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  • Writer's pictureTSANGE' Magazine

Brianne Wilson | Interview - Issue #5

- Brianne Wilson -

43 - Native American

Which culture or sub-culture did you grow up in? More Traditional Indigenous, Traditional Mexican, Chicano/Lowrider, Reservation, or More American-esque? Or a different culture/sub-culture?

I grew up on the Navajo Nation Reservation, near the Four Corners in New Mexico, in a spot called Upper Fruitland. I grew up on a farm with my brothers, sister, mother, and father. Technically I grew up on the reservation, but Walmart and the movie theater were only 5 miles down the highway. A cattle guard and a barb wire fence were the border separating the rez from town. I grew up sneaking over to my cousins house because they had the good popsicles and cable with MTV and I was obsessed with Weezer, Tool, Pantera, and The Cure. I grew up helping irrigate alfalfa fields and feeding horses and cows. I played in the river and irrigation canal. I learned to drive stick shift on a tractor and bucked hay in the summers. My grandparents lived further on the rez and I would go visit them often. I loved waking up to the smell of my grandma making fresh bread and the sound of my grandpa stirring his tea with a spoon. I loved the smell of my clothes after they dried on the clothes line in the clean mountain air. I would go on walks with my grandma and she would show me how to make dolls out of wildflowers or puzzles out of reed grass. My grandpa would pray for our food, friends, and for our future. I can look back on those times fondly now, but as a child I wanted to be like Ripley from Aliens and fly space ships, or sing like Phil Anselmo in front of crowds of people. When I was 18, the day after graduating high school, I left the rez to go find my adventures and what I found was toxic relationships, drug and alcohol addiction, arrest warrants, and jail time. I was lost for long time. I reached a point were I believed that there was no future. It was incomprehensible pain to know that I had no future. I had no direction, I was a ghost. I was homeless, jobless, worthless, on two kinds of probation, I was an absent mother, sister, and daughter. It was then that I believe God spoke to me and told me that I was his daughter and that I was going to be alright. I felt an overwhelming peace fill me and I knew the next steps I was taking were the beginning of the path. I shortly after, got into rehab in Anaheim, California. My cousin, that I used to sneak popsicles from, bought me a ticket so I could get there. That was almost 8 years ago and I've been sober ever since. I've worked to build a life rich with love and with hope for a future.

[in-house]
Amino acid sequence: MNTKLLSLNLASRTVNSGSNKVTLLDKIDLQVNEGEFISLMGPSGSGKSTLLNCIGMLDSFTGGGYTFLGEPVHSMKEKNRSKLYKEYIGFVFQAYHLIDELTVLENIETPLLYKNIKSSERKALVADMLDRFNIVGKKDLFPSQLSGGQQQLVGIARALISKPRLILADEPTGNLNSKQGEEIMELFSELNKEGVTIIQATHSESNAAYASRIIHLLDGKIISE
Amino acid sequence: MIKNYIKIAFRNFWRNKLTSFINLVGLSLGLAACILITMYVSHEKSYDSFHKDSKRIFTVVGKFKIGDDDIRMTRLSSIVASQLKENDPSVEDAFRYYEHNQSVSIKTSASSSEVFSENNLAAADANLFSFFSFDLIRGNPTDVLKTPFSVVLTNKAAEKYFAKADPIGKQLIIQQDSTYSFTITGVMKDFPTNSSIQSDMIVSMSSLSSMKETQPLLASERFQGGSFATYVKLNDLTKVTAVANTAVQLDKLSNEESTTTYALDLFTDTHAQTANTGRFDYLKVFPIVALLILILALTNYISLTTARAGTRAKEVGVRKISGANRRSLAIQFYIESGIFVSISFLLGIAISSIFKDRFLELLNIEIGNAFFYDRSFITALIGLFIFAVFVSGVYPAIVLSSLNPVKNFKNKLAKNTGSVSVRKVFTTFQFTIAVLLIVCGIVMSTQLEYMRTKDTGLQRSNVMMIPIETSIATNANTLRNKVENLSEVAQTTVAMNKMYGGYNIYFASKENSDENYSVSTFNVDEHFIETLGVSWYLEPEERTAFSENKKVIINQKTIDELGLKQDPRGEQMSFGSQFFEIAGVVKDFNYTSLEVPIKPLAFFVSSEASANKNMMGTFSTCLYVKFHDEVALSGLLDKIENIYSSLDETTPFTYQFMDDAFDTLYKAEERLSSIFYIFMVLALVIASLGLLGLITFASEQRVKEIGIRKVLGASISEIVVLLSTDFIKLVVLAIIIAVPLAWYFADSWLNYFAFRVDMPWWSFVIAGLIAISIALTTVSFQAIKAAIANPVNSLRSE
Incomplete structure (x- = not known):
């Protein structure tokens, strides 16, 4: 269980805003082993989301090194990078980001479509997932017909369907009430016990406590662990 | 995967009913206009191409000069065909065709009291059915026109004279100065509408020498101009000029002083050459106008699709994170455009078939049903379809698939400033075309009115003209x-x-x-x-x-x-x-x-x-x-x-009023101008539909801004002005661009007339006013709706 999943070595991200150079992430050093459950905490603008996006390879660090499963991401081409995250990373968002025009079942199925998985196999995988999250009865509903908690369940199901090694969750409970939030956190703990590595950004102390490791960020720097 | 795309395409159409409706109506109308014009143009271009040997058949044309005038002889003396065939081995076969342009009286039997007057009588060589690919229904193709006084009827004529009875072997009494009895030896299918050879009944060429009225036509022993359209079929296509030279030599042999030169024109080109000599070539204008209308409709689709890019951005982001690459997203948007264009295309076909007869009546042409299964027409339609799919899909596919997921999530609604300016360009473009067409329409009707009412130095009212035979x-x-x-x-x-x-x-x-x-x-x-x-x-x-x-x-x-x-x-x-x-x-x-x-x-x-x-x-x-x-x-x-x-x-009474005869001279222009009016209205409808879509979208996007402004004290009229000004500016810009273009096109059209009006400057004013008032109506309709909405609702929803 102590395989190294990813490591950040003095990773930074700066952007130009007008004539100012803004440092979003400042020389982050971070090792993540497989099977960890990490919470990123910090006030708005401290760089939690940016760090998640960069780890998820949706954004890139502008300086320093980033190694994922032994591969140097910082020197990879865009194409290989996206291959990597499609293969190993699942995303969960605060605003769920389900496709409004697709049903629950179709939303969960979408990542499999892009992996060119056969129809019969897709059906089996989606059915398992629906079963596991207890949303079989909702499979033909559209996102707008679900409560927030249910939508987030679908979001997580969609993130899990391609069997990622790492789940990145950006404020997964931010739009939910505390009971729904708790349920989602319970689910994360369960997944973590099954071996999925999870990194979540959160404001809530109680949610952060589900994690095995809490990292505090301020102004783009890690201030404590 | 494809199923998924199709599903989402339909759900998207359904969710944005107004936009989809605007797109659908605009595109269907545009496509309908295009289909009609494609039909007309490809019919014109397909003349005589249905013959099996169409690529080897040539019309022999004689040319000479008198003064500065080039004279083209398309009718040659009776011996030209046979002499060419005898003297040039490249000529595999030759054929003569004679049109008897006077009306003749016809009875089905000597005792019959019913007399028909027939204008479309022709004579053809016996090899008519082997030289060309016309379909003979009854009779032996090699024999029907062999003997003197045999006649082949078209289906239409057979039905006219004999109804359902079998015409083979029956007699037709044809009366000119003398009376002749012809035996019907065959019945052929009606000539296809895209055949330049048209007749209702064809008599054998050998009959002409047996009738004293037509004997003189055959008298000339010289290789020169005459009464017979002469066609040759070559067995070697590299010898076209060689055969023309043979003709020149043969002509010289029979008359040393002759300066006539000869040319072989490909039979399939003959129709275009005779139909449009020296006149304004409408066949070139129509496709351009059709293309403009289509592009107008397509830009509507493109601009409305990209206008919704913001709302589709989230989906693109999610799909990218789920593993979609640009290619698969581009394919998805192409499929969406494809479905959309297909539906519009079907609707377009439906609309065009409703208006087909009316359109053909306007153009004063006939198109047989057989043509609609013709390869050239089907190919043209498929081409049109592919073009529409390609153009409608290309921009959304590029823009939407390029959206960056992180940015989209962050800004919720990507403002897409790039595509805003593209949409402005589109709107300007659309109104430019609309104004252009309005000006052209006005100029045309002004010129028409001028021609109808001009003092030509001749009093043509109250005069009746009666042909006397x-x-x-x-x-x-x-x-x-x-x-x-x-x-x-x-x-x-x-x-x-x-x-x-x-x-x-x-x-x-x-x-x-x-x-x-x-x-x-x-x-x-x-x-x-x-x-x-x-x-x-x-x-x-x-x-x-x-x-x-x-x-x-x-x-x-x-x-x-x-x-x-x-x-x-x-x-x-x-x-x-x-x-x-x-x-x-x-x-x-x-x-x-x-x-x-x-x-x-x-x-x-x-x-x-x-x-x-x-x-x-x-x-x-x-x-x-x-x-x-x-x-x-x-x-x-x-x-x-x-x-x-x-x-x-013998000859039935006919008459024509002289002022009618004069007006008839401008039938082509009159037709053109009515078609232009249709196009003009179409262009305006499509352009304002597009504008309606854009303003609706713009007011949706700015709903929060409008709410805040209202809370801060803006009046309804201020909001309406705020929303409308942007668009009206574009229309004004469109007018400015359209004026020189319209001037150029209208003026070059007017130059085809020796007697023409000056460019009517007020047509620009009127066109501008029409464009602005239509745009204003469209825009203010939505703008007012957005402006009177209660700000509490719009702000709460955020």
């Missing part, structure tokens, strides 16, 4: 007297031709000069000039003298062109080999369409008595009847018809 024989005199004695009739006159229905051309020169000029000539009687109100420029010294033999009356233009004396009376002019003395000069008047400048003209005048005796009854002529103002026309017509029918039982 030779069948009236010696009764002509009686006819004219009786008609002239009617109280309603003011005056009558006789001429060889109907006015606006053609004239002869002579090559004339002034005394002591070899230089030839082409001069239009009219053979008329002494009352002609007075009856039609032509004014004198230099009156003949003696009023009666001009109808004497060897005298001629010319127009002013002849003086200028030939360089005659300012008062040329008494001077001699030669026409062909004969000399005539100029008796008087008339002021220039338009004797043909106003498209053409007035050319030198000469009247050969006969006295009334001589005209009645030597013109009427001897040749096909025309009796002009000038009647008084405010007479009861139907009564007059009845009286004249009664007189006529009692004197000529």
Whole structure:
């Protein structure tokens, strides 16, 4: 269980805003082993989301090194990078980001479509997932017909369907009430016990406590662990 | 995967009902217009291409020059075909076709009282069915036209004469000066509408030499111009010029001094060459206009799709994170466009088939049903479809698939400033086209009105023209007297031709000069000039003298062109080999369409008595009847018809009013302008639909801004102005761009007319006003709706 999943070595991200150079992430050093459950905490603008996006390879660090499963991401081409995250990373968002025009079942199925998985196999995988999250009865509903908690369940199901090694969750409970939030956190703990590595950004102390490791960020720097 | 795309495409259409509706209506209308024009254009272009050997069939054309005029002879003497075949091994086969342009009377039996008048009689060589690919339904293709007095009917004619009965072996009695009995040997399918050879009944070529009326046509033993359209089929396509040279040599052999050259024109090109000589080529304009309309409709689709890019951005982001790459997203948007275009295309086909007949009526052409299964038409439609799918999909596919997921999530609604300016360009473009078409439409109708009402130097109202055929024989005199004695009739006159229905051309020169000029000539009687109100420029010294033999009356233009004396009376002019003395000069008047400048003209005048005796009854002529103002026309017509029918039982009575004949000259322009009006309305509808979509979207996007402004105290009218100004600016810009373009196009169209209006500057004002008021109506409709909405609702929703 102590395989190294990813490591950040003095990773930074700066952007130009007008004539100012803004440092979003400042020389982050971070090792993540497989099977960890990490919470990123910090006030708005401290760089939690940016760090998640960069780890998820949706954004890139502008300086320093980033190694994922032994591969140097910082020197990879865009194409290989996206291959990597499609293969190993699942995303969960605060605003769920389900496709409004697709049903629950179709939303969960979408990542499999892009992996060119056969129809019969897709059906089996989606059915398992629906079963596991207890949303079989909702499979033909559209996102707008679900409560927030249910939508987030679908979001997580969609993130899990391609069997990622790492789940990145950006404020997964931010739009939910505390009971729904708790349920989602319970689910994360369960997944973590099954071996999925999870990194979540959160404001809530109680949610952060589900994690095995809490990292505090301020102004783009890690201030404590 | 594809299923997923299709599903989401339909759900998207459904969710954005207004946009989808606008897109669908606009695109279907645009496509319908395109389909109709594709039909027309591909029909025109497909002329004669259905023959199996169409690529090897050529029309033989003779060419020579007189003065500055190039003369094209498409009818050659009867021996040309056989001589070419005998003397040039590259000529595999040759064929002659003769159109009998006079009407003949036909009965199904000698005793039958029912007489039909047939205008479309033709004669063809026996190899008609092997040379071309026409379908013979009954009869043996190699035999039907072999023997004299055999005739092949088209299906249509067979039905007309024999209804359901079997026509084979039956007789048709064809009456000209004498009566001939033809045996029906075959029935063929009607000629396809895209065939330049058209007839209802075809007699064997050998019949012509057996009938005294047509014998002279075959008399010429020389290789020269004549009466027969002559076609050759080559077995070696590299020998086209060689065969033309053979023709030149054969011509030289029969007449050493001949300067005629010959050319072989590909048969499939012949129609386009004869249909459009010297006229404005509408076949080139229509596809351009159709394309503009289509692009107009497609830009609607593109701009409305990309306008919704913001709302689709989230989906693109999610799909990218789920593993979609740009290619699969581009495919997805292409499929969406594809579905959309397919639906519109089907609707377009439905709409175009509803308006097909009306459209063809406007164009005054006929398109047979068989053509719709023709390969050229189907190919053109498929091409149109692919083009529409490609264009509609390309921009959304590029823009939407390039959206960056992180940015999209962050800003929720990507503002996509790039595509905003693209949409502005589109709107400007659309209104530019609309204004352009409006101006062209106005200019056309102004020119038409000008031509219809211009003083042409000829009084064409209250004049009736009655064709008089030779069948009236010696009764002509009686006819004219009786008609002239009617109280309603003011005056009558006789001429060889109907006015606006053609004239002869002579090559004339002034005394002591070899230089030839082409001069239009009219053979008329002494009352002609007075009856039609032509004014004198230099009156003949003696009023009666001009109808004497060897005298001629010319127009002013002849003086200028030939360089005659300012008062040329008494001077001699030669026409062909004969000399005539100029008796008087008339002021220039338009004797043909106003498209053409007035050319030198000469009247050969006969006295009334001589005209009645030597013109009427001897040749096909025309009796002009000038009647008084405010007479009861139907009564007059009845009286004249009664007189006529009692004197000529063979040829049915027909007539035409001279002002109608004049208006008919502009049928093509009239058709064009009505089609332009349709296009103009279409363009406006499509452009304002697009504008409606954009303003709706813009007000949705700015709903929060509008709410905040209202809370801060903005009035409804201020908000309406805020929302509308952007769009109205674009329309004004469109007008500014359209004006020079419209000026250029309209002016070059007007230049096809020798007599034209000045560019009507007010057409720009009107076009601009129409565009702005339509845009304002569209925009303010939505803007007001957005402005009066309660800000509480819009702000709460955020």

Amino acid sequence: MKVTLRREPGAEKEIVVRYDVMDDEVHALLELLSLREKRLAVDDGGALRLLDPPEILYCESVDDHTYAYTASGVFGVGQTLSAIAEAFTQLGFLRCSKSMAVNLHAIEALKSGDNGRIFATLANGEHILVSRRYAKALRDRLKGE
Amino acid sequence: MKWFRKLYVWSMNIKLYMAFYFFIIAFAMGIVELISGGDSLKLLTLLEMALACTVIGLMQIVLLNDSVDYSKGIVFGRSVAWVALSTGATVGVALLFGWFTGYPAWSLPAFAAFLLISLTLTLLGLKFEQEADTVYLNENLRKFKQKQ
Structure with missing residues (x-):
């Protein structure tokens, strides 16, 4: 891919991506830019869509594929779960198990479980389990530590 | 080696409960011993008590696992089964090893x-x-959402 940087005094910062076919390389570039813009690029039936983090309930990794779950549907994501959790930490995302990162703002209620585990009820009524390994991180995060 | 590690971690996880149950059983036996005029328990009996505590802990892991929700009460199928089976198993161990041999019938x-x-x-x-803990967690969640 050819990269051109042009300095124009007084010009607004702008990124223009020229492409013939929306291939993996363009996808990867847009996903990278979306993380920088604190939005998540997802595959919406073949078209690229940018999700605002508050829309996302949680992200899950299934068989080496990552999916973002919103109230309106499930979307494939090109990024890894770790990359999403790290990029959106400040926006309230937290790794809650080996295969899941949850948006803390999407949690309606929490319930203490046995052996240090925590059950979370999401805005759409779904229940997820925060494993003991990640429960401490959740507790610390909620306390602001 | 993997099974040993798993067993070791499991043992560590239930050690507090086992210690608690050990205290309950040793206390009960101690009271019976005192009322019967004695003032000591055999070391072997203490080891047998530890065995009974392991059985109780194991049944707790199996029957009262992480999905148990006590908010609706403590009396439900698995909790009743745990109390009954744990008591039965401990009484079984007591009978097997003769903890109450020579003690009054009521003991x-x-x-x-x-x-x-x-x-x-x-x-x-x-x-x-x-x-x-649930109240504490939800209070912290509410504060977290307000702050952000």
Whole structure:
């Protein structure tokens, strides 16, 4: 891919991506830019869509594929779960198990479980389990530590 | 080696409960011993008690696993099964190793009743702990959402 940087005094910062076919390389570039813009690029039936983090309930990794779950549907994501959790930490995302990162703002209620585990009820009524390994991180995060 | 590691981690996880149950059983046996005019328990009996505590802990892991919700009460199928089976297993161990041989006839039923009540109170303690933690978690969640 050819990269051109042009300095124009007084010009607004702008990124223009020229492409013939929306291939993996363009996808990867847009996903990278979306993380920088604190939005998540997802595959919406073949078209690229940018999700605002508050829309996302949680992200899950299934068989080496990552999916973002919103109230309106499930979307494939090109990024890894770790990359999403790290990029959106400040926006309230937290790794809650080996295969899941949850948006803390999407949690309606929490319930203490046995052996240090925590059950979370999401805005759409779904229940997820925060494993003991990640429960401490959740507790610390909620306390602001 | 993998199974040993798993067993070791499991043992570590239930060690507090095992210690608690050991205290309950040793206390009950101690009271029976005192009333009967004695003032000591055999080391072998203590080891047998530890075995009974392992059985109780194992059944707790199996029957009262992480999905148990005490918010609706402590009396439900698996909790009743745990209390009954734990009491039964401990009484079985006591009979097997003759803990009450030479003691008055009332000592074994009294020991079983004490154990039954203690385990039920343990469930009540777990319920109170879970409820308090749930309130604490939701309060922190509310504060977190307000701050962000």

What are your favorite parts of that culture and community?

My mother, everything that is good in me I learned from her. One of the greatest lessons I learned from her is if you are in a position to help, you are obligated to help.

How did growing up in that culture effect your current style, and point of view of life?